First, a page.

For me, being able to walk around the class and making a connection with students while delivering a lesson is a must. Being tethered to the whiteboard and having to turn my back to write was just not working. Add on all the wasted time of writing a problem, walking around the class helping one student at a time, then walking back up to the board. Finally, being so far away from the students in my class meant students in the back would be less focused thinking I wouldn’t notice them.
Communicate with all your students – not just those closest to the board
Enter AWWApp. Now, I am able to connect my computer to the iPad using a QR code and walk around anywhere in the classroom to work in whole group, small group, or with individuals. Whole group lessons became much more effective. I was able to walk around the class and allow students to show their work to everyone else. Having my students use the iPad to show their work right there from their desk made them feel more empowered.
Be there for your students when they need your help the most
Found a common misconception? No problem, I just start explaining it and start correcting that issue from wherever I am. Using AWW allows me to be close to those students and make sure they are getting it.
Present your work on a big screen
Another piece that made it really convenient was not having to write upside down in small group. I would just project it and the screen was larger and easier to read for them without me needing to write upside down.
AWWapp has made a great impact in my classroom and any situation when I needed a wireless whiteboard like professional developments or faculty meetings. I highly suggest using this in your class. It will be the solution to many classroom issues like behavior, permanent whiteboards, or tethered computers.
A few months ago, I was browsing Twitter and noticed a tweet about this new application online that would enable you to use it as a whiteboard. I was instantly curious, so I checked it out. My initial thoughts were, “How cool is this!?”, and my thoughts soon turned to, “How can I use this?”
One Word Concrete Poetry with 7th Graders
As quite a new user to awwapp.com, I am still learning all the ins and outs of it. My first use was in a poetry class with grade 7s. I had my students use iPads and awwapp.com to create concrete poetry. We began by talking about one-word concrete poetry, and I showed them a few examples. Next, it was their turn to try AWWApp. I gave them a word like “rollercoaster” and they had to create a concrete poem on their iPads that gave meaning and form to the word “rollercoaster”. We tried several words, each word students would get about one minute to create using AWWApp, and then they would have to hold up their iPads to share their creativity with the class. This was just a simple, basic use for AWWApp, but it was so effective and most of all – FUN. After using AWWApp in this capacity, students were hooked, and they asked about using it the next time they came to class!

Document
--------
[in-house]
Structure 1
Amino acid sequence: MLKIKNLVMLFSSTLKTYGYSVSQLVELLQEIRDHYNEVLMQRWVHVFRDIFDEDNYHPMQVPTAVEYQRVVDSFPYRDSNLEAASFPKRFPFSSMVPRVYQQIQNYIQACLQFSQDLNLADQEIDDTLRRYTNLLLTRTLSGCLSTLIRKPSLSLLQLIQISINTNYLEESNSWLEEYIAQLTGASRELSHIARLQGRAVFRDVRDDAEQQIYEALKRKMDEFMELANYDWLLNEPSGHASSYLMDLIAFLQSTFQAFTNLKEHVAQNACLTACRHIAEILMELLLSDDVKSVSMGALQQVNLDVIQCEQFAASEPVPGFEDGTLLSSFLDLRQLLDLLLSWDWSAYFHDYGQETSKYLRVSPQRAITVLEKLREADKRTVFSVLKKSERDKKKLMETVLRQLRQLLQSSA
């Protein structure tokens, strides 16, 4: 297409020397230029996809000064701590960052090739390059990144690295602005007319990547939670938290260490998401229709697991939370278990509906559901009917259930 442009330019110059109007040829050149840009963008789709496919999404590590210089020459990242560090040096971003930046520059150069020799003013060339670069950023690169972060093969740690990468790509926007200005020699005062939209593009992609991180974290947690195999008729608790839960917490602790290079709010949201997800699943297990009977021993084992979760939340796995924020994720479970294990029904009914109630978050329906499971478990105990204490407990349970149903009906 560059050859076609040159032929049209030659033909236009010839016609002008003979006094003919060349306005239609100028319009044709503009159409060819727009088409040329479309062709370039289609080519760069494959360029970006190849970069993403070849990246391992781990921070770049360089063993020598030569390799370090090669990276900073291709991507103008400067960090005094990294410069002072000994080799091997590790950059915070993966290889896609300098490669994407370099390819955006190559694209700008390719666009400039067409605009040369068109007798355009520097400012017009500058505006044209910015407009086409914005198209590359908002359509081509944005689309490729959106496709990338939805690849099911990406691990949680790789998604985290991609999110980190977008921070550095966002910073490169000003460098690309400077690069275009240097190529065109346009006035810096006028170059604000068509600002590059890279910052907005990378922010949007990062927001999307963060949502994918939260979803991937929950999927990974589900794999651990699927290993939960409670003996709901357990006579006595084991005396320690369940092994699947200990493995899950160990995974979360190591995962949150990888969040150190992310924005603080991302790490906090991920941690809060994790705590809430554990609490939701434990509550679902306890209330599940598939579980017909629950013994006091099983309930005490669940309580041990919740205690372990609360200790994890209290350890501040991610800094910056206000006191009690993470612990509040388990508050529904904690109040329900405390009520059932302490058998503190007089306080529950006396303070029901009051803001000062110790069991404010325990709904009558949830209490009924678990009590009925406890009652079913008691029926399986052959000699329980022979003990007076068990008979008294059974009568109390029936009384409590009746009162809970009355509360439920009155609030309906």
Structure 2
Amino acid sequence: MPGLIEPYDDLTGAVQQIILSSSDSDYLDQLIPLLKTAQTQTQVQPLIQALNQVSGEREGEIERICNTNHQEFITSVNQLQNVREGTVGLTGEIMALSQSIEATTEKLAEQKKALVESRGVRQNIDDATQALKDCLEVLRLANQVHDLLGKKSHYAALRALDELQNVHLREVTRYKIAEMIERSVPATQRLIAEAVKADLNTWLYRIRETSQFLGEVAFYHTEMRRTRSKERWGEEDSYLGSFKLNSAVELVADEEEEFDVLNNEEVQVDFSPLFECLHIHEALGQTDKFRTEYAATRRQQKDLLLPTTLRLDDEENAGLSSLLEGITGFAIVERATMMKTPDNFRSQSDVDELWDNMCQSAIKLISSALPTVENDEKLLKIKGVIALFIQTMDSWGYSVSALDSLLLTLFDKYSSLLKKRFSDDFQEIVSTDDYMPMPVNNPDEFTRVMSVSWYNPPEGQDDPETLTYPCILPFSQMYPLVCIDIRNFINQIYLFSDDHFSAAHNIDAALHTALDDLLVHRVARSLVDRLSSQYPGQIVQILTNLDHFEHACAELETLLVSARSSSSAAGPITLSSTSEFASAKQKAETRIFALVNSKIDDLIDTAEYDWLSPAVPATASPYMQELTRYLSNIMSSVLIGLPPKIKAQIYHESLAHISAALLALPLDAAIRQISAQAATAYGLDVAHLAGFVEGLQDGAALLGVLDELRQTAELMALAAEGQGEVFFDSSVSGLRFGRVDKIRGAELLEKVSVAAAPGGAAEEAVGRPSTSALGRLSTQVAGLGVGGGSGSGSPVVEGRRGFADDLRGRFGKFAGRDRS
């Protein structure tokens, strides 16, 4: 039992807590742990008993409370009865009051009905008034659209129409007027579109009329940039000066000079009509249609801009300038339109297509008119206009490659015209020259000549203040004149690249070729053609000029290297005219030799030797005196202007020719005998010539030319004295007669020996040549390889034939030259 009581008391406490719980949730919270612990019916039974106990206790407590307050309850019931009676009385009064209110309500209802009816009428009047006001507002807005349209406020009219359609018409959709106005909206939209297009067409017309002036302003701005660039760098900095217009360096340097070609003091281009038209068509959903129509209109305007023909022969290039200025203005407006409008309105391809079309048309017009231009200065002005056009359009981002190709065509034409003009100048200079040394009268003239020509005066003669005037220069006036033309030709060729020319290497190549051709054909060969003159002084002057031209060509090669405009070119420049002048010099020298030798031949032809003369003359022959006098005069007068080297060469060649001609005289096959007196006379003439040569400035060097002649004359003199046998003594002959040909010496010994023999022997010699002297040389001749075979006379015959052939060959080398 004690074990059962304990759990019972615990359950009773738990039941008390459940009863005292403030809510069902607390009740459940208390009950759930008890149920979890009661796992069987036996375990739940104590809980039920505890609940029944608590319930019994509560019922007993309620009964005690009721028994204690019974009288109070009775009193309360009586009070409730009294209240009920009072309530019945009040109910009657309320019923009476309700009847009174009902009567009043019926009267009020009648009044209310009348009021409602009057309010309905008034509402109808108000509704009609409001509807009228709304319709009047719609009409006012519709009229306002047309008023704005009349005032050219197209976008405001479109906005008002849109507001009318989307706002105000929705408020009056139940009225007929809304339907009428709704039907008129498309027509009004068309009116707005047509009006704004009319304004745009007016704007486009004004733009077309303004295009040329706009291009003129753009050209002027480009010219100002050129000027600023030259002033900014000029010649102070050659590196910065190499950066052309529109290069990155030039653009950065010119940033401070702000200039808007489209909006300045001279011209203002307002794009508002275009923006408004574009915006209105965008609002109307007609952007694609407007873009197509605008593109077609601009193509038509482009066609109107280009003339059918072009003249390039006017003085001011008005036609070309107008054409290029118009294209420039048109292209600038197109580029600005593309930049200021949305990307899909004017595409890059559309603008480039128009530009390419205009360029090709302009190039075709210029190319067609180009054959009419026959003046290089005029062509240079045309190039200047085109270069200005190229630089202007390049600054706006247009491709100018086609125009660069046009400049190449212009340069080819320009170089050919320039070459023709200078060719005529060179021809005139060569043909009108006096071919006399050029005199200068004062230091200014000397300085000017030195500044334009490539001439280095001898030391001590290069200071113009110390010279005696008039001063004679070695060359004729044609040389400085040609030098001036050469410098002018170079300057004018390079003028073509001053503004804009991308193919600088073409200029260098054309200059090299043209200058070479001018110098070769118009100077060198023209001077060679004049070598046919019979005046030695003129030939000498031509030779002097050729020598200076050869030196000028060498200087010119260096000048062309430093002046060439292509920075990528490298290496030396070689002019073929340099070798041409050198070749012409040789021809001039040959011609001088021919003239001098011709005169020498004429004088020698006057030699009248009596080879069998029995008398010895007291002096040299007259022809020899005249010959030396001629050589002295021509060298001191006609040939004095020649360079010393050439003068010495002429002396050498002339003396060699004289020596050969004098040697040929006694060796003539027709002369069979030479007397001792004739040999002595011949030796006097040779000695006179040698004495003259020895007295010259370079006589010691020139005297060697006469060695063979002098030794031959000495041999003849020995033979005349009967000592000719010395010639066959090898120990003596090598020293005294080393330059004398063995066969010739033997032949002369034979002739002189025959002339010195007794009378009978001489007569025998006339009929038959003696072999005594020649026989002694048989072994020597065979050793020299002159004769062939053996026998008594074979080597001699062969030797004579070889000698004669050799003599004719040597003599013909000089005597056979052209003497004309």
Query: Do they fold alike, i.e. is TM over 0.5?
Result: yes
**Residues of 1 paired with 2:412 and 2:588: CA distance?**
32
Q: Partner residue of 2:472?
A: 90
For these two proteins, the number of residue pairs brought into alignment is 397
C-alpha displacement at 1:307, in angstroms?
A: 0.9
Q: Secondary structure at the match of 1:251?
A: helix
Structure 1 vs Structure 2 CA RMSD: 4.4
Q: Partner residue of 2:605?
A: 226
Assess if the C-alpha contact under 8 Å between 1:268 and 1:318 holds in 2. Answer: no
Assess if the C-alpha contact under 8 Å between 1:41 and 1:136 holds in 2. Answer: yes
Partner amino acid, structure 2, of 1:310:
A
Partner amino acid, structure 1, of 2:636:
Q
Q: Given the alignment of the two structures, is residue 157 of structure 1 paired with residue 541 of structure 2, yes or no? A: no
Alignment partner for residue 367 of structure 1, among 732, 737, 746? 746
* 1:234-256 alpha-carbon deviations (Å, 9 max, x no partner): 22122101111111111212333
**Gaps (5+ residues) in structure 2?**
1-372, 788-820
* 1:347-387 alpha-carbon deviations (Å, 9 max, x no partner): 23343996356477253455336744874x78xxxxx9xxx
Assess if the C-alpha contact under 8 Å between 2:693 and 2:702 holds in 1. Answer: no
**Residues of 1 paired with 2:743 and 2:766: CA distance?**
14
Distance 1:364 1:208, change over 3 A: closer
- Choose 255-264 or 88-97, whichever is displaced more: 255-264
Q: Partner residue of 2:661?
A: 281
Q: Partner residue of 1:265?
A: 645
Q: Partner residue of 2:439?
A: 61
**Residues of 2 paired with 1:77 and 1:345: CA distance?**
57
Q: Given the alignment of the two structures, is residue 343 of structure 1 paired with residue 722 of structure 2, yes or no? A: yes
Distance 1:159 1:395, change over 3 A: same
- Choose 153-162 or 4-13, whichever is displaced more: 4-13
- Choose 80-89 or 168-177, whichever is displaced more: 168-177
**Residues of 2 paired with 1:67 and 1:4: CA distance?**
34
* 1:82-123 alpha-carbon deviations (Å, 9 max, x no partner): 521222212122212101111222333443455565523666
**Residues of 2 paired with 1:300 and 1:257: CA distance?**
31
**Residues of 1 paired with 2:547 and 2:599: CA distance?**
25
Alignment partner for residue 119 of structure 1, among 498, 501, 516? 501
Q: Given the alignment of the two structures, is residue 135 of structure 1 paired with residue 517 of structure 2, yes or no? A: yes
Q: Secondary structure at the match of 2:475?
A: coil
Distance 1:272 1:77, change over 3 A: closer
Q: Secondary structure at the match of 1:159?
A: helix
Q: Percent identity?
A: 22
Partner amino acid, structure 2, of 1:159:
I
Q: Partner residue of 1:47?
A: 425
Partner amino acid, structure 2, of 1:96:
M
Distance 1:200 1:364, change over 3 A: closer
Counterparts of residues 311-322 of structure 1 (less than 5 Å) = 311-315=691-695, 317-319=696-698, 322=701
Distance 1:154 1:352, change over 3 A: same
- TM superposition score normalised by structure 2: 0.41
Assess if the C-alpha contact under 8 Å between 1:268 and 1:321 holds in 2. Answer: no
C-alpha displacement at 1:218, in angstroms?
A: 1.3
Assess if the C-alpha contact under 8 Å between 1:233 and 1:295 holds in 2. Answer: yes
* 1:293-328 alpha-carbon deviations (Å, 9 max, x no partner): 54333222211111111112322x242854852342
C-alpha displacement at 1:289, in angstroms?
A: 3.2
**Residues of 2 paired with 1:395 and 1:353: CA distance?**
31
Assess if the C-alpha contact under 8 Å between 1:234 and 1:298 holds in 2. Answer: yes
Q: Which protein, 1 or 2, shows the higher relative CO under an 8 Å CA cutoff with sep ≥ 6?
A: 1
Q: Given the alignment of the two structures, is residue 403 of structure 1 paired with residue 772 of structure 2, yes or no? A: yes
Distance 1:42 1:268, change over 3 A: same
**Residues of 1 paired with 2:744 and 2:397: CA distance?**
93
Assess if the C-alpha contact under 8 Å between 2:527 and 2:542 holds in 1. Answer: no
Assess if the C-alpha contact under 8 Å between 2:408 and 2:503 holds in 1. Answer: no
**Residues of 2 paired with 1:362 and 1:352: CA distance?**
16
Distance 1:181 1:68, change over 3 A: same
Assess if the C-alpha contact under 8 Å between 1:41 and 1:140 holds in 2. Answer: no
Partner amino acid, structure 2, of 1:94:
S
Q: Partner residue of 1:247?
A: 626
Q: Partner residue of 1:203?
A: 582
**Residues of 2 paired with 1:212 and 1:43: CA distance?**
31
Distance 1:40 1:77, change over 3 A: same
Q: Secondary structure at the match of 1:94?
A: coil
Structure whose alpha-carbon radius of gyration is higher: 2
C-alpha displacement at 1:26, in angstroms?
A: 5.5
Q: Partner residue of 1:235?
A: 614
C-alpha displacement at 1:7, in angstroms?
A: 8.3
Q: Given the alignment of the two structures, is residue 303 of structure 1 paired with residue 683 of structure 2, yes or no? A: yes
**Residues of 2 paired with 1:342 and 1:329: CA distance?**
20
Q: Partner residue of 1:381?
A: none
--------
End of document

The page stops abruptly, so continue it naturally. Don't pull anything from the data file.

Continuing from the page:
Shakespeare on the Whiteboard
I wanted to try this with my grade 8 class as well, to see if they were as eager and excited about this new application. Once again, it was something I was still learning about, so we stuck to the most basic of uses but found it so much fun to share in this way. Students worked in pairs collaborating on the same board and represented lines of Shakespeare’s “7 Ages of Man” soliloquy visually. We had broken down the soliloquy into the different ages, and students had already visually represented each age on a Google Slideshow. As a way to share with the class, we took the time to represent our slideshows on AWWApp. Students would create a small sketch and indicate the age range they figured the age Shakespeare described was related to. My grade 8s had a lot of fun drawing on the board, using the colour palette, and playing with the size of the lines. As they completed each age and held up their iPads for the class to see how they represented each age, they had fun seeing what each pair had done, and I was able to see if they were accurate in their translation of Shakespeare’s “Ages of Man”.
As I am sure is true with all teachers, time is something I wish I had more of. With more time, I am looking forward to more ways I can use AWWApp in my classroom. I love the collaboration ability, as this is so key in what I do in my classroom. I know this will be a feature I will continue to make a lot of use of. In addition, the integration with Google Classroom is fantastic, and as a Google Classroom user, this feature will be valuable. I see this application as a tool that will become part of my repertoire and one that my students will look forward to using in many ways. I have already recommended it to several colleagues.
I have recently been introduced to the AWW app, and immediately began using it in my classroom. What an amazing tool to use with students. This app allows you to annotate on a board, which can be shared with students and they can add their notes as well. Therefore, I find this to be a great collaboration tool, with a whole class or even small groups.
Trigonometry Class with AWW
Just as students work together using Google documents, sheets, or drawings, the AWW app allows students to work together and works great especially in a math classroom. Students can work out problems and also insert pictures. Here are some pictures of the first time we tried it in our Geometry class working on Right Triangle Trigonometry. The following week when students were working on problems, a few students decided to use this tool on their own to work together. Also, I like how you can download the picture images and share them with everyone using any format.